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Dennis Picard, as CEO of Raytheon, Reeled in Big Acquisitions and a Tax Cut

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11/08/2019 | 10:46am EST

By James R. Hagerty

When Dennis Picard became chief executive of Raytheon Co. in 1991, the maker of Patriot missile-defense systems and other military gear was laying off workers. The end of the Persian Gulf War and the collapse of the Soviet Union pointed to a drop in U.S. defense spending.

Mr. Picard considered buying a big engineering-services company to reduce dependence on the military. He and his colleagues kicked around the idea of selling Raytheon's defense business. But he finally decided weaponry was the company's heritage -- and doubled down on it.

In early January 1997, outmaneuvering rival bidders, Mr. Picard announced within 10 days two major acquisitions, landing the defense operations of Hughes Electronics Corp. and Texas Instruments Inc. for a total of nearly $13 billion.

Raytheon gained another 22 years of independence. It now is preparing to merge with United Technologies Corp. to form Raytheon Technologies Corp.

Mr. Picard, who died Oct. 21 at age 87, relished some of his less-noticed feats, such as catching a bluefin tuna off New England in the early 1990s. It weighed more than 500 pounds. Though most of the fish was sold for sushi, he had the tail preserved and mounted on a wall at his home in Harwich, Mass.

An engineer by training and temperament, he kept up with the minutiae of designing and manufacturing Patriot missiles and other Raytheon hardware. "God is in the details" read a plaque in his office.

When he presided over meetings to review Raytheon projects, "we'd call it root canal," said Ed Woollen, who reported to Mr. Picard. "He'd drill down and drill down till we got to the root of the problem."

Mr. Picard aimed to expand Raytheon's nonmilitary businesses as a buffer against fluctuating demand for munitions. Then, in 1993, when it seemed that the Cold War had been won, the Pentagon urged its contractors to consolidate, creating larger and financially stronger companies.

Mr. Picard decided that Raytheon would be a predator, not prey, in the merger wave that ensued. He sold the Amana home-appliances business and D.C. Heath, a publisher of textbooks, to bolster Raytheon's finances.

Mr. Picard, who retired as chairman of the Lexington, Mass.-based company in July 1999, also waded into politics. In the mid-1990s, he threatened to move Raytheon manufacturing out of Massachusetts unless the state, unions and local utilities agreed to provide the company $600 million in cost savings over five years. Unions accepted a three-year wage freeze, utilities reduced their rates and the state gave it tax breaks of about $20 million a year.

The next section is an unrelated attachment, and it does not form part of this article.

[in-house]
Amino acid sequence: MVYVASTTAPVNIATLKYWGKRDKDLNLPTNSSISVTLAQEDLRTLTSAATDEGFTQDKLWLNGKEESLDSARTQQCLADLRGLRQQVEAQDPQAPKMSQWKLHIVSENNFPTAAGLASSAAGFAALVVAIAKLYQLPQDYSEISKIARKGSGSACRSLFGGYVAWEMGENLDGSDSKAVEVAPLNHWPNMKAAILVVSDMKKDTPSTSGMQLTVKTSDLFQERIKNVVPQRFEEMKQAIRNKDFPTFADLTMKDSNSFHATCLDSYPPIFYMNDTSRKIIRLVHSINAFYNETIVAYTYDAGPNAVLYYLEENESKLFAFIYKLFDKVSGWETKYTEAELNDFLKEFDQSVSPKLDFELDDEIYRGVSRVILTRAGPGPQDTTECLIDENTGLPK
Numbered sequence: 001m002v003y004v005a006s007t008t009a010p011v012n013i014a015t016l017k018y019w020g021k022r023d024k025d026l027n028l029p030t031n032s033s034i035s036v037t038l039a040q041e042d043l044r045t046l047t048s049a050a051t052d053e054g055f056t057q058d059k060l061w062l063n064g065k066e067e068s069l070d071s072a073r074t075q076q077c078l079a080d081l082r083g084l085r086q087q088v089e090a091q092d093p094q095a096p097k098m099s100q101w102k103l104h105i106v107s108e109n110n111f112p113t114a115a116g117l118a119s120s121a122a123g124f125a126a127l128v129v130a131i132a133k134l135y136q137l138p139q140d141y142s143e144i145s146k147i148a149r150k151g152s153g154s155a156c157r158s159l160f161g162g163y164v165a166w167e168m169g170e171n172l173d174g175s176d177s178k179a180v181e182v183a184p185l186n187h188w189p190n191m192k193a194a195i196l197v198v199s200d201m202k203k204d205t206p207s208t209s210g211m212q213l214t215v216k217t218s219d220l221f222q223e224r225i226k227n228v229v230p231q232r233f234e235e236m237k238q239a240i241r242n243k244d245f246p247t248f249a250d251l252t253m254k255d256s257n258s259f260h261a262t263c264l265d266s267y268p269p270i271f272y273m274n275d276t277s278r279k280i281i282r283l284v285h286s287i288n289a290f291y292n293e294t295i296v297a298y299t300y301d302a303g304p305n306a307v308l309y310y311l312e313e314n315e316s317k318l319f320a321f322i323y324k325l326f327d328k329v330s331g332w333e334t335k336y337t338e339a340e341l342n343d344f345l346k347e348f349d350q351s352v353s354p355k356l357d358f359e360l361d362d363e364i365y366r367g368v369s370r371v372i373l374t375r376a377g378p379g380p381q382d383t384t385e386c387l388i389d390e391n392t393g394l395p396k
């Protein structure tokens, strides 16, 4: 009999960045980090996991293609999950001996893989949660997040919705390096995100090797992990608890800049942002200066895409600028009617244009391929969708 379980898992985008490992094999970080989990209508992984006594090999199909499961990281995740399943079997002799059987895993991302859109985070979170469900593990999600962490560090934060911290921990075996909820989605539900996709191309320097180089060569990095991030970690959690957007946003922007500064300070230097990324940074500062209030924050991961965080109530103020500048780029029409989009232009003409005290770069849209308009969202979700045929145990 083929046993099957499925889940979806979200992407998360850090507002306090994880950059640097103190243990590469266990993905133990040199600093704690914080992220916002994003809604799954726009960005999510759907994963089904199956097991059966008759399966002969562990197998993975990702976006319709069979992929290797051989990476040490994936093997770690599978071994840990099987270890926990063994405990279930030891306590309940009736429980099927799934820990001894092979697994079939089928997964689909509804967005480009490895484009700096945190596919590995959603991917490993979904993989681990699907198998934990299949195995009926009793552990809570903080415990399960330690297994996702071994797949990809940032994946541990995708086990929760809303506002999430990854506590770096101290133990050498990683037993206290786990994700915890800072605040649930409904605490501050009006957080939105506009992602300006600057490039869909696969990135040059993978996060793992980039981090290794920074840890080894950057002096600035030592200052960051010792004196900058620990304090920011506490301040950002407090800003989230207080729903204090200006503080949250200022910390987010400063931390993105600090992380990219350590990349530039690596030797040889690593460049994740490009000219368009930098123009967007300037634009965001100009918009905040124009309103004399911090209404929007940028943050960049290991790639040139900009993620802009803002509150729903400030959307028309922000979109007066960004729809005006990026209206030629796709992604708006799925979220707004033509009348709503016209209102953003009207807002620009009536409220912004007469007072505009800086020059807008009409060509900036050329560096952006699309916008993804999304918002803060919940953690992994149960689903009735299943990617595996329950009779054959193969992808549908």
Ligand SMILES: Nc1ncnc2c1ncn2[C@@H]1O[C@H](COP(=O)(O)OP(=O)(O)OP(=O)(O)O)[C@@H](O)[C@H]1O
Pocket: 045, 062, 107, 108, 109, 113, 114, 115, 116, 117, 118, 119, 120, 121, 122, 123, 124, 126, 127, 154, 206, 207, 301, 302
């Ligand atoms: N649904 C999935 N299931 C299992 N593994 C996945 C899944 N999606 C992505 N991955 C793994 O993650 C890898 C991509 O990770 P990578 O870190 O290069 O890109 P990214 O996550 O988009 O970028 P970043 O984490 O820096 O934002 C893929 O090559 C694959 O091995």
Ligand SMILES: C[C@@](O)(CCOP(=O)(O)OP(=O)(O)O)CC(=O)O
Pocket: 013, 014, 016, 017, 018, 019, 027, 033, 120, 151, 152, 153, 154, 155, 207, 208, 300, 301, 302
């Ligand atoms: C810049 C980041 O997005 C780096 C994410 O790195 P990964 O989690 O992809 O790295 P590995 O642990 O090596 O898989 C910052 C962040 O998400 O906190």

"I'm not a bully, but I'll agree with you that I'm a tough guy, a forceful guy," Mr. Picard told the Boston Globe in 1999.

Dennis Joseph Picard was born Aug. 25, 1932, and grew up in North Providence, R.I., where his father worked in a wool mill. He attended La Salle Academy, a Roman Catholic school in Providence. "I was a punk kid, and the Christian Brothers let me know I was a punk kid," he told the Globe. "They straightened me right out."

Service in the Air Force gave him experience with radios and a posting in Libya. He also studied broadcast engineering at the RCA Institutes in New York and set up a TV-repair business in his father's basement.

In 1953, he married Dolores Petit, whom he had met at a dance. Two years later, during a job-hunting trip, he got lost on his way to a Sylvania Corp. plant. A policeman pointed him toward a Raytheon plant and told him that company was hiring. He got a job as a factory technician.

Early in his career at Raytheon, he went to night school at Northeastern University and earned degrees in electrical engineering and management. At Raytheon, he became a specialist in radar systems. In 1983, the company promoted him to head its crucial missile division. His biggest priority was to fix engineering problems with the Patriot. His success in that role helped him win the CEO job in 1991.

The acquisition of the Hughes defense business in 1997 required the company to mesh two large organizations with very different cultures and procedures. "It was like the Red Sox and Yankees suddenly having to work together," Mr. Picard said later.

The company's struggle to digest the acquisitions persisted for years. Three months after he retired in 1999, Raytheon slashed its forecasts for profit and revenue, and the stock price fell 44%.

Mr. Picard is survived by five children, eight grandchildren and four great-grandchildren.

His son Dennis Picard Jr. remembers a fishing trip with his father at a reservoir in Massachusetts. Dennis Jr. was about 8 years old, and it was a rare Saturday off work for his father. They rented a row boat and bought pickled pork rinds as bait.

Dennis Sr. felt a tug on his line and began a long struggle to pull in the fish. When the boat began drifting, he ordered his son to row hard and keep it from shore. Then he told Dennis Jr. to grab the net and help bring in a largemouth bass.

When Dennis Sr. brought the fish ashore, other fisherman praised his catch. He told them he wouldn't have caught the fish without help from his son. "He shared the accolades," Dennis Jr. said. "That was his character."

Write to James R. Hagerty at bob.hagerty@wsj.com

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